Shantae: Risky's Revenge was originally released on DSi, but is now available on a host of platforms, including Steam, 3DS, and Wii U. The later releases were given a "Director's Cut" which added warp points and a hard mode after you beat the main game. I'm happy to say that the second game does succeed in fulfilling the promise of the first and is better in pretty much every way. As you'd expect from WayForward, the pixel graphics are top notch, and the game is extremely polished throughout. The controls are great, and the environments are distinct.

The game starts off with the most confusing areas at the beginning, which is a town and a forest that you navigate by jumping to the background or foreground, like in the Virtual Boy Wario Land game and Guardian Heroes on Sega Saturn. For the most part progression through the rest of the game is pretty straightforward, although the map does take a bit of getting used to. Oddly enough, Risky's Revenge is more limited in scope than the original, but this is no doubt due to the size limitations of downloadable DSi titles. The gameplay is pretty much the same as the first game, but everything is more focused and polished. There are only a few dungeons, but they're much more interesting and memorable. There are only three transformations (only one of which is new), but they're still a lot of fun. Special weapon items use up a magic gauge instead of being expendable as in the first game, so they're more usable and more fun. The special weapons definitely help, as the game is more challenging than you'd expect just based on its visuals. I don't know about the original version of the game, but the warp system in this Director's Cut version works perfectly well, and fixes the travel-related tediousness of the first game.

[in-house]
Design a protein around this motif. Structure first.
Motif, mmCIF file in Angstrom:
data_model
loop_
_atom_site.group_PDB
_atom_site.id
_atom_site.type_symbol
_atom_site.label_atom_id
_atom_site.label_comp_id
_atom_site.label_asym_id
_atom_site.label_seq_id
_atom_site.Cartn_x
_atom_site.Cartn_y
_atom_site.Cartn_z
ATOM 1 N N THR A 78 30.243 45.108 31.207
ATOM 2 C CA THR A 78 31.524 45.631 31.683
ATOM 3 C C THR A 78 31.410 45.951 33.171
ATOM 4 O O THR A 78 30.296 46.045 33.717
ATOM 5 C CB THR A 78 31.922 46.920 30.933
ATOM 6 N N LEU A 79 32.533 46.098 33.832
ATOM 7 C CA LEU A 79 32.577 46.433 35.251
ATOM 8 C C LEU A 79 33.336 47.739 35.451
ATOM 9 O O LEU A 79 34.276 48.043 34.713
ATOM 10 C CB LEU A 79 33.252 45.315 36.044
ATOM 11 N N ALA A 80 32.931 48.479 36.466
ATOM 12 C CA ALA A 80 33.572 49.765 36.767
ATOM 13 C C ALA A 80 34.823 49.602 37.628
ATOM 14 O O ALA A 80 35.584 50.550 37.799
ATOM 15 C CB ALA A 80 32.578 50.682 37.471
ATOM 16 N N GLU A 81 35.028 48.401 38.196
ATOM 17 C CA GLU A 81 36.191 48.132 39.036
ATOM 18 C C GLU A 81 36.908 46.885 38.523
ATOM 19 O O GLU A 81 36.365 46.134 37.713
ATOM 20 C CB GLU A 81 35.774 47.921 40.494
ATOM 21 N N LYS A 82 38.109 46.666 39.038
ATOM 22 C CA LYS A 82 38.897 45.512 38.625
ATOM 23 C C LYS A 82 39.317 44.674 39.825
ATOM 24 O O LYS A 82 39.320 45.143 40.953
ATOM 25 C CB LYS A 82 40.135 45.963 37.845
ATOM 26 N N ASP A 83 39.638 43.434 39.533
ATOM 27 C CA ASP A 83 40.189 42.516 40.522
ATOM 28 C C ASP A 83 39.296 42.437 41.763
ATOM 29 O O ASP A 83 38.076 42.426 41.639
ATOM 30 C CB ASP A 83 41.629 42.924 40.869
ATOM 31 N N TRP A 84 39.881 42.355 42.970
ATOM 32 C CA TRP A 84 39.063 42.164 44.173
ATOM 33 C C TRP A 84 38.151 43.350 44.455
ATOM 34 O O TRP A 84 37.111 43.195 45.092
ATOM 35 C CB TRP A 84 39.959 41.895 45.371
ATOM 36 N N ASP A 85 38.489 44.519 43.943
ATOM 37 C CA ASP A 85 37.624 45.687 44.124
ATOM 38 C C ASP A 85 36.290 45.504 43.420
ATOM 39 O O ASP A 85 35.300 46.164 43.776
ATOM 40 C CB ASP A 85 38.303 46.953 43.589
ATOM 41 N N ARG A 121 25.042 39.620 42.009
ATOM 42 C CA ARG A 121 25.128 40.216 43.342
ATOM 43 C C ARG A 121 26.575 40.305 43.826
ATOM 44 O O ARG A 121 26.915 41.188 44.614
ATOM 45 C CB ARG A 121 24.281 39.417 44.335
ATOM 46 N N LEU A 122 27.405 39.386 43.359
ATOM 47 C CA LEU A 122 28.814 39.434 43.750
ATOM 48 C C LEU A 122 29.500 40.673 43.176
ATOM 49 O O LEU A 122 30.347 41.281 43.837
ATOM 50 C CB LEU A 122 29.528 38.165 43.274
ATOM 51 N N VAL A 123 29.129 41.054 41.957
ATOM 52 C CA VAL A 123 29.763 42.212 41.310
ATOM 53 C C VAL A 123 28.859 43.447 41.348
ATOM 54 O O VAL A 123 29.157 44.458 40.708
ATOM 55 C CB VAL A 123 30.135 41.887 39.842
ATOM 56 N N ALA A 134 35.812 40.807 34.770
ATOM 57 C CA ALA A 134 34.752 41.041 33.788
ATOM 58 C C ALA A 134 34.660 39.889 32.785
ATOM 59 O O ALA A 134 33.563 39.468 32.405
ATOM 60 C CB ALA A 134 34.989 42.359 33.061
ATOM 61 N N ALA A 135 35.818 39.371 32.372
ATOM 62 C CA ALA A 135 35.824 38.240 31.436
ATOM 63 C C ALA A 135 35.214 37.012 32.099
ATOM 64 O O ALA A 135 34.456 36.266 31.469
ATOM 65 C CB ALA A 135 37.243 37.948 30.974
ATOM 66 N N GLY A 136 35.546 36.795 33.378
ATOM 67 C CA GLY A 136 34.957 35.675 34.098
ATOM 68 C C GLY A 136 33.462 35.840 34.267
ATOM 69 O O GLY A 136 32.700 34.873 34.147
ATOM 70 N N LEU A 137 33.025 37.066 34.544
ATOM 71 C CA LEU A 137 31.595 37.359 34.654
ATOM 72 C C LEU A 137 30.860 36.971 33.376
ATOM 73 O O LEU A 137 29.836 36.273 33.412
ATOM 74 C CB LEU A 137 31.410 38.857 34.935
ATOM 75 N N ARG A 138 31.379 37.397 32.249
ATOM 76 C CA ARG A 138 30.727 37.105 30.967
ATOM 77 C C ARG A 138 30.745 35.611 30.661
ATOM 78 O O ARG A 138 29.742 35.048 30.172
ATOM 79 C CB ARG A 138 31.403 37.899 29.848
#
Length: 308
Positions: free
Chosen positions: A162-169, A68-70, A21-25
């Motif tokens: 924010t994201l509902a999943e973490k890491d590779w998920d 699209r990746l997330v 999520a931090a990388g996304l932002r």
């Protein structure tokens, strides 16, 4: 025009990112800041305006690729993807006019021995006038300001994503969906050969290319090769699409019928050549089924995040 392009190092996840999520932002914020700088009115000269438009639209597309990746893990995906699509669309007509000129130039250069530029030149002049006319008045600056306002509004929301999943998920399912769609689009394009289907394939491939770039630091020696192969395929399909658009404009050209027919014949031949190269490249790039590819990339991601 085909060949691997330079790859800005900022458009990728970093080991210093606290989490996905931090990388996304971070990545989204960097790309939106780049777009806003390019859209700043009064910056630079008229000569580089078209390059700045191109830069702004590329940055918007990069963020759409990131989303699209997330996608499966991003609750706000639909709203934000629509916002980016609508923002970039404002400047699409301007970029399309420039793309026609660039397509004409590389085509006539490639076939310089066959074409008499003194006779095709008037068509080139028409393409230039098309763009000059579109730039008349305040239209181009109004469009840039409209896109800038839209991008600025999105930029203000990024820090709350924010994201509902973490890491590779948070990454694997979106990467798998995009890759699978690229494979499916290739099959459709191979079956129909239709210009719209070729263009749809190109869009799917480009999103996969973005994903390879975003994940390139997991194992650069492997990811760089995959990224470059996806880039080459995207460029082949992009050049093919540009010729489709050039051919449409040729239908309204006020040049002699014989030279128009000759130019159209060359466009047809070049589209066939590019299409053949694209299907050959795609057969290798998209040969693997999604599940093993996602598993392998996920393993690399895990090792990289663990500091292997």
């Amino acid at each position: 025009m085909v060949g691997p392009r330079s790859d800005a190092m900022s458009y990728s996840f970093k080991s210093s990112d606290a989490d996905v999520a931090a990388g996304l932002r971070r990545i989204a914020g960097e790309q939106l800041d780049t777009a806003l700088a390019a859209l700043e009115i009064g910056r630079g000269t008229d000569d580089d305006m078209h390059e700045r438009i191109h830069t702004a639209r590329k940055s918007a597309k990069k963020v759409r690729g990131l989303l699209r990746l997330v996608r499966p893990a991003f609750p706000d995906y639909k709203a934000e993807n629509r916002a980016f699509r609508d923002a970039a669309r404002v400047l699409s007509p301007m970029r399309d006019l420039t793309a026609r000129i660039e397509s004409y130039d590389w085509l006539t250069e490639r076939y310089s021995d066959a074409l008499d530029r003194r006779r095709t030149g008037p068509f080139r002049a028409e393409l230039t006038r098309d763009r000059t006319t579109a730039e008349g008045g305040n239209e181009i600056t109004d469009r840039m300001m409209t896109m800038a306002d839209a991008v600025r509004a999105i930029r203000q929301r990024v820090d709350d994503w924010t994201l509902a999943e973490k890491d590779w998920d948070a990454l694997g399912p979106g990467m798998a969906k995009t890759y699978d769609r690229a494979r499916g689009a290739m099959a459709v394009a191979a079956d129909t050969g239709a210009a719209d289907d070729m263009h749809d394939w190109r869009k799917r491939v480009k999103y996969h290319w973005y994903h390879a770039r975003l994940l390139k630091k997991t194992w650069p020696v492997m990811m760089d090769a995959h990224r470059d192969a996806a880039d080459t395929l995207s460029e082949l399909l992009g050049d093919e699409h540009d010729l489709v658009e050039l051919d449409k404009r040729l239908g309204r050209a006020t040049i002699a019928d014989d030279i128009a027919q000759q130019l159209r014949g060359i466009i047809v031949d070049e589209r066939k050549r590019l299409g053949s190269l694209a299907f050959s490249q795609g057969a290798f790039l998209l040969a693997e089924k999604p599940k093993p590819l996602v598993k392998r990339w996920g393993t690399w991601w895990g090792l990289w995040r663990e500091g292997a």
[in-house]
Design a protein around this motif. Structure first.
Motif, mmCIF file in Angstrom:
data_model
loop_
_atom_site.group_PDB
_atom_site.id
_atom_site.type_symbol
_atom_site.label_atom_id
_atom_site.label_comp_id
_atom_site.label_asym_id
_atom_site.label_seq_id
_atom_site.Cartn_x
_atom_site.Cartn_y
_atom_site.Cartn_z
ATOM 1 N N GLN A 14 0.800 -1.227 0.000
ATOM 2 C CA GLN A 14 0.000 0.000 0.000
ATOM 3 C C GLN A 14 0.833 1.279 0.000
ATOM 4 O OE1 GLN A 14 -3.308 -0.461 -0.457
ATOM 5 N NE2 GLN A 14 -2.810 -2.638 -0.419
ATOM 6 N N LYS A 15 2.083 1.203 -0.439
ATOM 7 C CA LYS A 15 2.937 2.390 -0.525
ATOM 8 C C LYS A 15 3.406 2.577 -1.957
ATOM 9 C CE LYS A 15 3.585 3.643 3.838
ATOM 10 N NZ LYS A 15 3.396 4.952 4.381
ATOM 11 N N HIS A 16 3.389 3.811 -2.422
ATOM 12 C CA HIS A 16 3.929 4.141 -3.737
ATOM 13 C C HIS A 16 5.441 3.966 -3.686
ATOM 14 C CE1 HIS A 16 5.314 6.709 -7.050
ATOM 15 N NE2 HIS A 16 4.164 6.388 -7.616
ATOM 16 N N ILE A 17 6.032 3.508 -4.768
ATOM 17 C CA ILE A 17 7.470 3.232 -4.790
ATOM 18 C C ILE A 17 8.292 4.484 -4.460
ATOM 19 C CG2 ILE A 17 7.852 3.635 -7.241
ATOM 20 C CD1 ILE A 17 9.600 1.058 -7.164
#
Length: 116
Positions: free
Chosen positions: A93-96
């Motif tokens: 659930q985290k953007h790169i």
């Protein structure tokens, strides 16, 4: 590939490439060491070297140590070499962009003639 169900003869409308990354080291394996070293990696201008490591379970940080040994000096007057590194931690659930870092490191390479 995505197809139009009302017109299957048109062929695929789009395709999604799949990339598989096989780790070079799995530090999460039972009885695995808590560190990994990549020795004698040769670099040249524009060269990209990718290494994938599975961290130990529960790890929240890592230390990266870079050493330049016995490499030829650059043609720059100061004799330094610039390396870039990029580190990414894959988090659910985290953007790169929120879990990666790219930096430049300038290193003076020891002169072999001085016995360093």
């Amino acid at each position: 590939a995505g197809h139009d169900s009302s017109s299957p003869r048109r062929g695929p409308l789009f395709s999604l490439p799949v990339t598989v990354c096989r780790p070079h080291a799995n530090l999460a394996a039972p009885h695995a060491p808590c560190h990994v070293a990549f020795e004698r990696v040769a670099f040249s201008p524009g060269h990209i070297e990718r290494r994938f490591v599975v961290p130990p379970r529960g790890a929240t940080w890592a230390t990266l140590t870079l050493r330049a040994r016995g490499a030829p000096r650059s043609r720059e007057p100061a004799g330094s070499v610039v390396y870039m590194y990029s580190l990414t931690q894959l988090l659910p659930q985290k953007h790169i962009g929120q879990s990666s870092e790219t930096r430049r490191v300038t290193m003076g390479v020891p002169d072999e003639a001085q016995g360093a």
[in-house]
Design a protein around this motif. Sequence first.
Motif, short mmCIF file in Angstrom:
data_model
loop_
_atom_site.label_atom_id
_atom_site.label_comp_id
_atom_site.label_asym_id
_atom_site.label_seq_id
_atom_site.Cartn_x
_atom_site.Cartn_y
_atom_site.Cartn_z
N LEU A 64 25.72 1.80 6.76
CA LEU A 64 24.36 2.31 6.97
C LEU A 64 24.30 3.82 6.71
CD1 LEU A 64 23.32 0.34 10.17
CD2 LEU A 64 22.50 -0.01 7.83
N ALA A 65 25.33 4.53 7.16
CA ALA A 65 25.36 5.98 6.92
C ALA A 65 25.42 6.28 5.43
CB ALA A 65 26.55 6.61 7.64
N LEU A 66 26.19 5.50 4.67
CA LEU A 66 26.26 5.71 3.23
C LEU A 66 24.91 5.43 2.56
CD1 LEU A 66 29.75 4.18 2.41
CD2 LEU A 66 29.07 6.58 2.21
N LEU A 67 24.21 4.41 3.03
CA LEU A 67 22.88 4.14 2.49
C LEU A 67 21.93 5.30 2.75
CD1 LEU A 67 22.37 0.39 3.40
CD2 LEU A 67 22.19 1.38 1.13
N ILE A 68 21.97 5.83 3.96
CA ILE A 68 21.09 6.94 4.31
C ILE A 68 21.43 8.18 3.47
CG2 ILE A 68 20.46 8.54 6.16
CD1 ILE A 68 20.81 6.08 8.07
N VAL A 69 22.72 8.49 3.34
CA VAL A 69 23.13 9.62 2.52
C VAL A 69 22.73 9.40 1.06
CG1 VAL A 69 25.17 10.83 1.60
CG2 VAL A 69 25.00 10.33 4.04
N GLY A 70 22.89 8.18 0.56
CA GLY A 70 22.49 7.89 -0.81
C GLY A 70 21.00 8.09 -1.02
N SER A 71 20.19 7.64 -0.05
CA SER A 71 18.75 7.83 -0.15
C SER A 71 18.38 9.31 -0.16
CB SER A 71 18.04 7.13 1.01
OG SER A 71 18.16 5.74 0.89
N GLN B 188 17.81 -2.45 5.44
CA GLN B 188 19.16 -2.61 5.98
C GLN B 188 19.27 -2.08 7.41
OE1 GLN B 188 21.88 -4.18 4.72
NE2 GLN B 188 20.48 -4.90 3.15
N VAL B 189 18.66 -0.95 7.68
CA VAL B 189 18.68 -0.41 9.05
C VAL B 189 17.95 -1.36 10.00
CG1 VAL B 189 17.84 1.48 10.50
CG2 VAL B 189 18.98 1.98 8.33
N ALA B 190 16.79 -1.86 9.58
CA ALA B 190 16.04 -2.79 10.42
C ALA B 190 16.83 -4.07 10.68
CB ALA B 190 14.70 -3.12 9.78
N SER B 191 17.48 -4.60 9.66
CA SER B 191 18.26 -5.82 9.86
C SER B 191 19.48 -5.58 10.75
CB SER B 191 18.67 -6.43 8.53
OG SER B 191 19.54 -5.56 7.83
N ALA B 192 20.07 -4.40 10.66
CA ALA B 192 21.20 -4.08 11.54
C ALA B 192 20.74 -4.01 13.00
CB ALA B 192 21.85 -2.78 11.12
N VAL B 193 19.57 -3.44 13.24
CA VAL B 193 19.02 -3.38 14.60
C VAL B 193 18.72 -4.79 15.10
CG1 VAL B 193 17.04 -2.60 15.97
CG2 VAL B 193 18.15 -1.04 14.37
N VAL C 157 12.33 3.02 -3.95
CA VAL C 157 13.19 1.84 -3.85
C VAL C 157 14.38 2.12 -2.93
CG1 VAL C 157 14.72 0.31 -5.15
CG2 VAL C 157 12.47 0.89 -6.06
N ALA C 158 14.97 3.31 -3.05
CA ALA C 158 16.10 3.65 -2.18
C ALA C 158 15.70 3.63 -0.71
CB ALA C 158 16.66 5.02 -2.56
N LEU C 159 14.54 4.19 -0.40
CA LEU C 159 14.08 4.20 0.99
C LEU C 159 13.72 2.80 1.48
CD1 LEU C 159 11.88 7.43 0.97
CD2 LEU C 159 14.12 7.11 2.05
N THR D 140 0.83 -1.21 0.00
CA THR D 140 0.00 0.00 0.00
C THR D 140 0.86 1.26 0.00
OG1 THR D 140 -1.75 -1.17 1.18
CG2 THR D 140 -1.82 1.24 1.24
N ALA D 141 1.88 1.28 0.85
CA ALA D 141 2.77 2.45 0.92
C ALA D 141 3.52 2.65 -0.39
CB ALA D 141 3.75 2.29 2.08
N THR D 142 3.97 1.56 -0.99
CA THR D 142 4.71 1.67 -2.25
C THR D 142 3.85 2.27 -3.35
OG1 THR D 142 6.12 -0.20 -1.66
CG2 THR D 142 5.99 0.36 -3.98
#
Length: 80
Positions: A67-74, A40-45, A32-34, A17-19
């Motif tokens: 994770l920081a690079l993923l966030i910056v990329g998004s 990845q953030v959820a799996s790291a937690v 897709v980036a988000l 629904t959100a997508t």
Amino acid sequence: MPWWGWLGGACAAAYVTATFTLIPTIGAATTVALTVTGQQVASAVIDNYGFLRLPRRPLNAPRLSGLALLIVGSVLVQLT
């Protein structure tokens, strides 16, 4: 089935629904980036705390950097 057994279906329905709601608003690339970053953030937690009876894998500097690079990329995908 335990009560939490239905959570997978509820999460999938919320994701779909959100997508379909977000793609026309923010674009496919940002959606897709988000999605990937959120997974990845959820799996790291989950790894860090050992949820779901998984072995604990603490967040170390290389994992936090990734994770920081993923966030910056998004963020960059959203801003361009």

The colorful cast and entertaining story and main character tie everything together, and although I was a bit skeptical even after I'd gotten pretty far into the game, in the end I was won over by Shantae and company and would have to rank this as one of the best games I've played in a while. I'm looking forward to playing the next two games in the series, so much so that I went ahead and pre-ordered the deluxe version of the latest game, Shantae: Half-Genie Hero for Nintendo Switch. It comes with the three DLC, which should be a fun to check out as well.

More hair-whipping hijinks with these Shantae: Risky's Revenge - Director's Cut links:
- As before, the Shantae wikia is a great resource
- Review at NintendoLife
- Entry on Steam

I've fallen a bit behind on posting, and the reason is pretty clear: I've been playing Xenoblade Chronicles. The game is massive. I've been playing the Wii version, which was released in North America in 2012 after a big fan campaign, and it was subsequently released on New Nintendo 3DS a few years ago.

I'm usually not the biggest RPG player, but I've been getting more into them recently. Maybe the slower pace is becoming more appealing in my advanced years, or maybe it's just that they provide a marked contrast to the quick and easy pick up 'n play mechanics of the majority of smartphone games. Xenoblade Chronicles is definitely the complete opposite, and is ginormous, with hours upon hours of gameplay just in the main story mode, and double or even triple that if you get into the sidequests. With RPGs I almost always have to force myself to slog through to the end, and nowadays with more limited free time I just stop when I feel like I've seen everything there is to see and can't bring myself to traipse through yet another dungeon with more random battles. This usually translates to about 20 to 30 hours into a game, and is even true for RPGs with engaging characters and high production values, like Bravely Default, which I played earlier this year.